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Albert Einstein's Theory of Relativity

In Words of Four Letters or Less

[ 0 ]

So, have a seat. Put your feet up. This may take some time. Can I get you some tea? Earl Grey? You got it.

Okay. How do I want to do this? He did so much. It's hard to just dive in. You know? You pick a spot to go from, but soon you have to back up and and go over this or that item, and you get done with that only to see that you have to back up some more. So if you feel like I'm off to the side of the tale half the time, well, this is why. Just bear with me, and we'll get to the end in good time. Okay?

Okay. Let's see....

[ I ]

Say you woke up one day and your bed was gone. Your room, too. Gone. It's all gone. You wake up in an inky void. Not even a star. Okay, yes, it's a dumb idea, but just go with it. Now say you want to know if you move or not. Are you held fast in one spot? Or do you, say, list off to the left some? What I want to ask you is: Can you find out? Hell no. You can see that, sure. You don't need me to tell you. To move, you have to move to or away from ... well, from what? You'd have to say that you don't even get to use a word like "move" when you are the only body in that void. Sure. Okay.

Now, let's add the bed back. Your bed is with you in the void. But not for long -- it goes away from you. You don't have any way to get it back, so you just let it go. But so now we have a body in the void with you. So does the bed move, or do you move? Or both? Well, you can see as well as I that it can go any way you like. Flip a coin. Who's to say? It's best to just say that you move away from the bed, and that the bed goes away from you. No one can say who's held fast and who isn't.

Now, if I took the bed back but gave you the sun -- just you and the sun in the void, now -- I'll bet you'd say that the sun is so big, next to you, that odds are you move and not the sun. It's easy to move a body like ours, and not so easy to kick a sun to and fro. But that isn't the way to see it. Just like with the bed, no one can say who's held fast.

In a word, you can't find any one true "at rest". Izzy was the one who told us that. Izzy said that you can't tell if you move or are at rest at any time. You can say that you go and all else is at rest, or you can say that you are at rest and all else goes. It all adds up the same both ways. So we all knew that much from way back when.

Aha, but now wait! The sun puts off rays! So: why not look at how fast the rays go past you? From that you'd see how fast you move, yes? For you see, rays move just the same if what puts them off is held fast or not. (Make a note of that, now.) Izzy had no way to know that, back then, but it's true. Rays all move the same. We call how fast that is: c. So, you can see how fast the rays go by you, and how far off that is from c will tell you how fast you move! Hell, you don't even need the sun for that. You can just have a lamp with you -- the one by your bed that you use to read by. You can have that lamp in your hand, and see how fast the rays go by you when you turn it on. The lamp will move with you, but the rays will move at c. You will see the rays move a bit more or less than c, and that will be how fast you move. An open-and-shut case, yes?

Well, and so we went to test this idea out. Hey, you don't need to be in a void to do this test. We move all the time, even as we sit here. We spin, in fact. So they shot some rays off and took note of how fast they went east, and how fast they went west, and so on. Well, what do you know? The rays went just as fast both ways. All ways, in fact. They all went at c, just the same. Not an iota more or less.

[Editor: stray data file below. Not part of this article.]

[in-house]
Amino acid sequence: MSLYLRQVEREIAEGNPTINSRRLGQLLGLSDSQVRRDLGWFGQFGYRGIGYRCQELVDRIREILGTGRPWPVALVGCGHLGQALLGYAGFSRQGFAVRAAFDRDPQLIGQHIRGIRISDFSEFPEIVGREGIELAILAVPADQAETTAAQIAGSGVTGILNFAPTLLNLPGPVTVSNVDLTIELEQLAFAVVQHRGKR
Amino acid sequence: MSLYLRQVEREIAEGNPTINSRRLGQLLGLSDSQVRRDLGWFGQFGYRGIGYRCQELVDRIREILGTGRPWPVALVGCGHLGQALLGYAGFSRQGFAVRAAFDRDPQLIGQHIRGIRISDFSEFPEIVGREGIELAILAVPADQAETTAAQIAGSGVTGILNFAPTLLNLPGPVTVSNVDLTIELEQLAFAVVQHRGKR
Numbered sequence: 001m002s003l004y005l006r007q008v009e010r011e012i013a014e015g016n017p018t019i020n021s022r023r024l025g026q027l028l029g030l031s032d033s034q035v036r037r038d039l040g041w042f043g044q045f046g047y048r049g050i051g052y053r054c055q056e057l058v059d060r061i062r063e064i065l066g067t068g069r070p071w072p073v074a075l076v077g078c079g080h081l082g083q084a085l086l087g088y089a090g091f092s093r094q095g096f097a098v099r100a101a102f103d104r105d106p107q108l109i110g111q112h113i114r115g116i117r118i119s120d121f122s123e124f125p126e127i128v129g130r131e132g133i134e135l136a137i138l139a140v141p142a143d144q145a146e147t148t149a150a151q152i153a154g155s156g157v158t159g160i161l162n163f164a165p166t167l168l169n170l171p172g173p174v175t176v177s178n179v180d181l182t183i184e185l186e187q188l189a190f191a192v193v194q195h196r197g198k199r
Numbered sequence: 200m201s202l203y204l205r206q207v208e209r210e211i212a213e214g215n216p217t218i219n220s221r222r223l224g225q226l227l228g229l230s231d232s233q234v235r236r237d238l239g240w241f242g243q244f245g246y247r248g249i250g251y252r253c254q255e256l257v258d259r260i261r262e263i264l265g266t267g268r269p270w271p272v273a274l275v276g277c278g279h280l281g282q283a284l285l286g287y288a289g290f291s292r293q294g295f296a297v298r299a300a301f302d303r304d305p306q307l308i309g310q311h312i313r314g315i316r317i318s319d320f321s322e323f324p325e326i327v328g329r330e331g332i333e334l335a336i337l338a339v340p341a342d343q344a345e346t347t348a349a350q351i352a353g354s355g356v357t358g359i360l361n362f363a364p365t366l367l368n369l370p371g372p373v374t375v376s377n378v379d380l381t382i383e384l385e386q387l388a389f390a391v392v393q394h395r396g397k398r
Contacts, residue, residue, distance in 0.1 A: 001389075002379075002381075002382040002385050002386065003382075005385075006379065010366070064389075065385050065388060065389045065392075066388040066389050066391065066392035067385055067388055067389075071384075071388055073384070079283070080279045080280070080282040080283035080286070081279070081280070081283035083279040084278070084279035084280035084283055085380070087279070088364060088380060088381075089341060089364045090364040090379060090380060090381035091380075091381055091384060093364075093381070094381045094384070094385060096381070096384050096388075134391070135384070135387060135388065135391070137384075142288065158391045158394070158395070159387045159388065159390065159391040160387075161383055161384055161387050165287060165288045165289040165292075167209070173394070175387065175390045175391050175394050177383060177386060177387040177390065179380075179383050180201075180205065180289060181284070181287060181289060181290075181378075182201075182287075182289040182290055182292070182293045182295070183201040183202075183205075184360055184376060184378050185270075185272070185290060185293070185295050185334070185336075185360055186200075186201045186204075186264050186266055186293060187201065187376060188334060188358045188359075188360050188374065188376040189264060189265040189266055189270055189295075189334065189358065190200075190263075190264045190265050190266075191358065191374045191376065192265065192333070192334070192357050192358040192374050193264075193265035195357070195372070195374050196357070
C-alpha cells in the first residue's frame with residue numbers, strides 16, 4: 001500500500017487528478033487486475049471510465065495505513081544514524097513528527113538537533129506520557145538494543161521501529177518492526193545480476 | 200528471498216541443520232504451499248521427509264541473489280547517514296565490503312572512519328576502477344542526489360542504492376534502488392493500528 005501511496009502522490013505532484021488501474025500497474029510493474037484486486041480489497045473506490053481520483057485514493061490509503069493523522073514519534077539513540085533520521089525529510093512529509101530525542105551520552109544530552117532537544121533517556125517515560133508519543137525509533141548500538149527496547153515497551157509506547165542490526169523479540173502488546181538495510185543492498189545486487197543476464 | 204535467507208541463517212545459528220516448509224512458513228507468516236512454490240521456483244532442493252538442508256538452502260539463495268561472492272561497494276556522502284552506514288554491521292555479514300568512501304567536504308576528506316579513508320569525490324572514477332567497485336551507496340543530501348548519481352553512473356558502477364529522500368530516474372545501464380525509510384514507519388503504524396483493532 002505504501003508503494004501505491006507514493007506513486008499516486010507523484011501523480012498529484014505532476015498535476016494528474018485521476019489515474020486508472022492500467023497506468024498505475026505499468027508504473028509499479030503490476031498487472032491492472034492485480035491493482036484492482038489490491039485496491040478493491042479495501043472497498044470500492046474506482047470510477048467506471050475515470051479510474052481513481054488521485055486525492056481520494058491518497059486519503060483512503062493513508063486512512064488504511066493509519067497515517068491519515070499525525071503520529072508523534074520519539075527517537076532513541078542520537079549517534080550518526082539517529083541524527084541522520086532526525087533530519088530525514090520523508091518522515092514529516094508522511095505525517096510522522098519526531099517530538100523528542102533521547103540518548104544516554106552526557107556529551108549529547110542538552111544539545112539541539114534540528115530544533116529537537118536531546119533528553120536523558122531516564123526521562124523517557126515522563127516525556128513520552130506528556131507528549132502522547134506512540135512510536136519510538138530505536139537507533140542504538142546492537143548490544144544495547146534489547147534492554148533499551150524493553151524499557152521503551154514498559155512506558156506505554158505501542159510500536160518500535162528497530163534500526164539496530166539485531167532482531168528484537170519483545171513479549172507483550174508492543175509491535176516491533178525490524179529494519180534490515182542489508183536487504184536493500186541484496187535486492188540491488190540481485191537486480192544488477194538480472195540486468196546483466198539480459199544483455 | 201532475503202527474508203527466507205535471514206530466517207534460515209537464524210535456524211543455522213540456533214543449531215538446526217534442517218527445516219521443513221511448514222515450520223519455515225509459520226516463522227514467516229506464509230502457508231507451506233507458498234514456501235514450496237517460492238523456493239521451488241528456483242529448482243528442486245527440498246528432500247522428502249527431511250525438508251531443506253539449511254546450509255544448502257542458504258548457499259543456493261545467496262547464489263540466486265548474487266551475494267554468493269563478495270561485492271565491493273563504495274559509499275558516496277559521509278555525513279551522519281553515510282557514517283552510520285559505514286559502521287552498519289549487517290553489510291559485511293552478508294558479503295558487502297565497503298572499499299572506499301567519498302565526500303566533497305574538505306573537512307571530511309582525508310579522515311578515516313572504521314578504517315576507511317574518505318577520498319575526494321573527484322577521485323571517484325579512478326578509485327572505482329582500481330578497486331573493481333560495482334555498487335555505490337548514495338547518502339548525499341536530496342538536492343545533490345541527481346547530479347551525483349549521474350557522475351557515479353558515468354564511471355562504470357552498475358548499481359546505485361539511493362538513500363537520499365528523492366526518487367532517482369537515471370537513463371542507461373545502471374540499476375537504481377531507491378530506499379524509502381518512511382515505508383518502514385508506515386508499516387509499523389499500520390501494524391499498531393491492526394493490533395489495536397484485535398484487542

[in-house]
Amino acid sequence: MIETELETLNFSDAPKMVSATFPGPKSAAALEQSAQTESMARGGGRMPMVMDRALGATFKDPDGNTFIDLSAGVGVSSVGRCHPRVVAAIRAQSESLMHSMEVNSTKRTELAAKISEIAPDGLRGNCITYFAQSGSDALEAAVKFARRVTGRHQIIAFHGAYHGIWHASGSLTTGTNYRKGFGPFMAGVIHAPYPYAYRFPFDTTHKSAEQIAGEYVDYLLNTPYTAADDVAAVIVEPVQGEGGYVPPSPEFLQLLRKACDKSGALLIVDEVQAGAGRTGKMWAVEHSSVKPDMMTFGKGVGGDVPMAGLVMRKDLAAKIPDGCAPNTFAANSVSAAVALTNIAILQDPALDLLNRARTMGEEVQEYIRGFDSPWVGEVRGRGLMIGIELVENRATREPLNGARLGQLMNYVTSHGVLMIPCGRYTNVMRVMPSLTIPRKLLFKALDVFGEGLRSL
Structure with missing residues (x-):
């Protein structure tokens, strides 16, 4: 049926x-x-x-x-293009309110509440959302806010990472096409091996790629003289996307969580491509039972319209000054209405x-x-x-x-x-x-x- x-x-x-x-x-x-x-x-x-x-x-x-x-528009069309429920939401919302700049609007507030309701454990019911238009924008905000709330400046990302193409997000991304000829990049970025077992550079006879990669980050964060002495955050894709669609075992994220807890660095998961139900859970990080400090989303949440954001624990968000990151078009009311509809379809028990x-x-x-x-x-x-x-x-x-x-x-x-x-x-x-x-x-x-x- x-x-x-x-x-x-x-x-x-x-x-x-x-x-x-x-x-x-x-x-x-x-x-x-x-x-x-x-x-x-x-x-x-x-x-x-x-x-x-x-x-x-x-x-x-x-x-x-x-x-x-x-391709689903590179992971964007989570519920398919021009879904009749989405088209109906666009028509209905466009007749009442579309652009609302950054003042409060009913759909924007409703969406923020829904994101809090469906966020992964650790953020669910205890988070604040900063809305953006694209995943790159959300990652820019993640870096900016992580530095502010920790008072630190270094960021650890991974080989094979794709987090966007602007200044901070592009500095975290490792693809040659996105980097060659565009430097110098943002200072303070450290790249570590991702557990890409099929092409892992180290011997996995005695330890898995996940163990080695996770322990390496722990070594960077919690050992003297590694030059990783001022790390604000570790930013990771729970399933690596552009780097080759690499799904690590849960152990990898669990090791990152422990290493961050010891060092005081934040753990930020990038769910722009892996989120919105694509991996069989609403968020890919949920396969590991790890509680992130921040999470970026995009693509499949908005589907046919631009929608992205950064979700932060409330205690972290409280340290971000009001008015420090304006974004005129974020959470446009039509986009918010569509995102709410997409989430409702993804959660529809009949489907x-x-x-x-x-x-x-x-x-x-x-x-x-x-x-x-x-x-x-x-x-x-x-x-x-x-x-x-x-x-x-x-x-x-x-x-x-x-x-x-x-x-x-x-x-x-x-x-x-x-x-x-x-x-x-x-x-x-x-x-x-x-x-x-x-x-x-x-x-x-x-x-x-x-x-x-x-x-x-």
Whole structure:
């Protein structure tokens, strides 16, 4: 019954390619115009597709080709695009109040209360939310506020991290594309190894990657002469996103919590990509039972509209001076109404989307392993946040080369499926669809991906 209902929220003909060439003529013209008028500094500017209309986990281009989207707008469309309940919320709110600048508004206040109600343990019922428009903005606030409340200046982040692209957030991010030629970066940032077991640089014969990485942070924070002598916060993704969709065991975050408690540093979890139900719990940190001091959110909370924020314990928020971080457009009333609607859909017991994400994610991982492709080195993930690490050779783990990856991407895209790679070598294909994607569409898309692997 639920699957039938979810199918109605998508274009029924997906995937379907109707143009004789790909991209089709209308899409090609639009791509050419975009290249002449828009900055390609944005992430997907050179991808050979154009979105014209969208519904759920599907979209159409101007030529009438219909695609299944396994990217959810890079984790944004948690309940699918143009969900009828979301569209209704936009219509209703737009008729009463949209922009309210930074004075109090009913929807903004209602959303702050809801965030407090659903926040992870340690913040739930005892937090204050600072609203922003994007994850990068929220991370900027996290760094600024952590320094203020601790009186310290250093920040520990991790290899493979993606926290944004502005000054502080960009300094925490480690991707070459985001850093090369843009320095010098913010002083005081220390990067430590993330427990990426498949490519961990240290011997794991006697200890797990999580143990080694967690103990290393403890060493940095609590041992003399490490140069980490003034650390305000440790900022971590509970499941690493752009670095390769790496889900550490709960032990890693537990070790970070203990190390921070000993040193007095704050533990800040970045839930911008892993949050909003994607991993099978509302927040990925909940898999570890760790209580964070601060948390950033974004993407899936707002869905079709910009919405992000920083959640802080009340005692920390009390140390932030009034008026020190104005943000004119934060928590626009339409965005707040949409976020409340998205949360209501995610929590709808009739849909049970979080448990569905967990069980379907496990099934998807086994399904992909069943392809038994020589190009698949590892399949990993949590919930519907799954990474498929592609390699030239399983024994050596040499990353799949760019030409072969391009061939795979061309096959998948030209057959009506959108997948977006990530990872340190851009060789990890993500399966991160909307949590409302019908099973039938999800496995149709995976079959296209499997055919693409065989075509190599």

To say that we were less than glad to find that out is to be kind. It blew the mind, is more like it. "What is up with that?" we said. And here is when old Al came in.

[ II ]

Old Al, he came out the blue and said, "Not only do rays move at c if what puts them out is held fast or not: they move at c even if you are held fast or not." Now that may not look like such a big deal on the face of it, but hold on. What this says is that you can move as fast or as slow as you want, and rays will go by you at c all the time. You can have a pal run past you and when you both look at a ray go by at the same time, you will both see the same ray go by at c! That is a bit wild, no? You, back in that void, you just can not say if you move or not -- with the lamp or no. Not that you can't tell: it can't be said. It's moot!

But for that to be true, then time also has to get in on the act. For you and your pal to see the same ray go by at the same clip, her idea of time must be off from your idea of time!

I can hear you say, "No way. That can't be!" But I tell you it is. Old Al said so. He said, here, I'll show you. Get a load of this. We have Bert and Dana. Take a bus, and put Bert on the bus. The bus goes down the road. Dana, she sits here, on the side of the road. He's in the bus and she's on her ass. And now take a rock off of the moon, and let it fall at them. It hits the air and cuts in two. The two bits burn, and then land just as Bert and Dana are side by side. One hits the dirt up the road a ways, and one hits down the road a ways. Dana sees each rock at the same time, but Bert sees one rock and then sees the next rock. Now: if Bert and Dana both see Dana as the one who is "at rest", they both will say that the two bits came down at the same time. Dana will say, "I am 'at rest', and I saw them both land at the same time, so they both did, in fact, land at the same time." And Bert will say, "I move away from the rock down the road, so when I add that fact in, I can see that if I were 'at rest', I'd have seen both land at the same time. So it must be the case that they did land at the same time." Okay, but what if Bert and Dana now see Bert as the one who is "at rest"? Eh? You get to pick who is "at rest" and who isn't, no? So make Bert be "at rest". Now Bert will say, "I am 'at rest', so the one up the road beat the one down the road, on the way to the dirt, just the way I saw it." And Dana will say, "I saw them land at the same time, but I move away from the rock up the road, so when I add that fact in, I can see that the rock up the road must have beat the one down the road."